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Cash flows beat stocks for first time since 1990

Investors piled into cash-equivalent, money-market funds over the last week, making the asset class more popular than bond and equity funds for the first time in 25 years, new data shows.

Some $17 billion was pumped into cash funds in the week to Wednesday, while $3.3 billion where pulled out of stocks through ETFs and mutual funds, according to research from Bank of America Merrill Lynch and EPFR Global published Friday.

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Stacks of cash dollars
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Meanwhile bond funds saw just $400 million in inflows over the same period, meaning cash is outperforming both asset classes this year for the first time since 1990, the data reveals.

Money market funds invest in very short-term, liquid debt such as U.S. Treasurys and offer investors low volatility, meaning they are often thought of as a cash-equivalent.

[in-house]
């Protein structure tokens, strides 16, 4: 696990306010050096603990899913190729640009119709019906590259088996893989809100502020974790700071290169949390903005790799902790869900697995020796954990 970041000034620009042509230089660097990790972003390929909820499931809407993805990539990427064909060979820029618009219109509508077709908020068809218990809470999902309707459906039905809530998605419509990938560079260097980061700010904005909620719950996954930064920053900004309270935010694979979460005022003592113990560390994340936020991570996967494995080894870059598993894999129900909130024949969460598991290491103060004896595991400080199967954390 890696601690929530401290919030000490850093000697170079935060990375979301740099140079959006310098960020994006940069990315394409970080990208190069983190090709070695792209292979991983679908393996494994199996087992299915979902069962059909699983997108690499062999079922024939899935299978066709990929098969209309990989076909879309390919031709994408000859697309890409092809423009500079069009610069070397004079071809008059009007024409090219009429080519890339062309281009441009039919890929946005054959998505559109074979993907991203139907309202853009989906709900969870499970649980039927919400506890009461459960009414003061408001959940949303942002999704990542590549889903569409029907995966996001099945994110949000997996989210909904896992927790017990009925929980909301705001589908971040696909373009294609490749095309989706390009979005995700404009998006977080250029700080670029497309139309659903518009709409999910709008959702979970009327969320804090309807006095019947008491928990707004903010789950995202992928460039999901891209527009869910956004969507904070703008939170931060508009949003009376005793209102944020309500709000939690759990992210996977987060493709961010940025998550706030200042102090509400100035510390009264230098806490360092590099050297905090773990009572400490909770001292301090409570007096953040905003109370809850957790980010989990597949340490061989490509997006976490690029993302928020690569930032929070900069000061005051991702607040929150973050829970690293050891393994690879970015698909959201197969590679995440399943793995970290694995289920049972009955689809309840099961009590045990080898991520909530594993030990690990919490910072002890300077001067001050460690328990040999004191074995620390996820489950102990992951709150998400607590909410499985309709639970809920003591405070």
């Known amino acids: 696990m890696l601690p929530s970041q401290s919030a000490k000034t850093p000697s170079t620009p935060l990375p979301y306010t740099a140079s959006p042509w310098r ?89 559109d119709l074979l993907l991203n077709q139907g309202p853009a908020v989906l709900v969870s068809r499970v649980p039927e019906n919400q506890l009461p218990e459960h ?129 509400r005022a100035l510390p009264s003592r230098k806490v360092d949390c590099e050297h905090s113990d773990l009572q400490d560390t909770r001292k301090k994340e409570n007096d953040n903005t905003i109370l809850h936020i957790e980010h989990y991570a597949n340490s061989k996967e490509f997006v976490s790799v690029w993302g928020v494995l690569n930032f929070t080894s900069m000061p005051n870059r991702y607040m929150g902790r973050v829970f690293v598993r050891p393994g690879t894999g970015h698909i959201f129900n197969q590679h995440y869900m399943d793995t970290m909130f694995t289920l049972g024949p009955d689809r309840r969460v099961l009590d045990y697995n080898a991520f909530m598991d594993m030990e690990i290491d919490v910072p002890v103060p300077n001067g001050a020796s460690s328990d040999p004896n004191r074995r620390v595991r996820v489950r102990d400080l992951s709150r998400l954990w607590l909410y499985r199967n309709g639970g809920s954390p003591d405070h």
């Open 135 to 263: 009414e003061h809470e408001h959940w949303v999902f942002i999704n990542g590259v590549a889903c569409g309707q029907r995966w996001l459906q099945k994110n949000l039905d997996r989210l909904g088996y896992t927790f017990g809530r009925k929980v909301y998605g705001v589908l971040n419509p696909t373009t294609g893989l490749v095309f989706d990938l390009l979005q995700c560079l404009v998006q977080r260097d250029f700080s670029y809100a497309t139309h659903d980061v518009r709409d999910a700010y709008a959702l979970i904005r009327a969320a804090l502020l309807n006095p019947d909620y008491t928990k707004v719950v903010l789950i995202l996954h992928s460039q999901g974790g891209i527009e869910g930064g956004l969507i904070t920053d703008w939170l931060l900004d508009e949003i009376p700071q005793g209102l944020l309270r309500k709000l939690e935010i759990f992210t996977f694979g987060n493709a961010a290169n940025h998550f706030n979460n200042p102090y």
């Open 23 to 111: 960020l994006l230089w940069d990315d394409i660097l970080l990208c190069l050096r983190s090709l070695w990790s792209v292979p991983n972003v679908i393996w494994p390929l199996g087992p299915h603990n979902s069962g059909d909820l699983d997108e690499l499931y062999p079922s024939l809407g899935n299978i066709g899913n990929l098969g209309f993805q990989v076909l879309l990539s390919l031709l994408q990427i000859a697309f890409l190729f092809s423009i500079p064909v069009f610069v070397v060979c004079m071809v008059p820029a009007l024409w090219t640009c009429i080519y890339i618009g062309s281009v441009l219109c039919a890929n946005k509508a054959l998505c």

Corporate bonds saw their twelfth straight week of outflows, with safe-haven Treasury bond funds picking up some of the slack.

Global chief investment officer at UBS Wealth management, Mark Haefele has cut his U.S. high-yield corporate bond position this month, having been overweight the asset class since the end of 2011.

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"Recent market moves have investors questioning the efficacy of quantitative easing's (QE) upside impact on equity markets. Markets are likely to remain fragile in anticipation of economic growth data that are still a few weeks away," Haefele said.

"We have made one change to our tactical positioning this month: A downgrade in U.S. high yield from overweight to neutral.

"This position, which has performed well since initiation in 2011, no longer offers an attractive risk-adjusted rate of return. An increase to our equity overweight position is under consideration, but we need to see a reduction in market volatility and evidence that developed market economies are stable before taking action," he added.

Overall, Haefele is still overweight equities, in anticipation markets will move higher in the next six months.

As well as sticking to cash, investors pulled $7.4 billion from the State Street's SPDR S&P 500 ETF, the world's largest ETF.

BofA ML said bearishness on financial markets had peaked at levels not seen since October 2011, which they said is a contrarian "buy" signal for investors.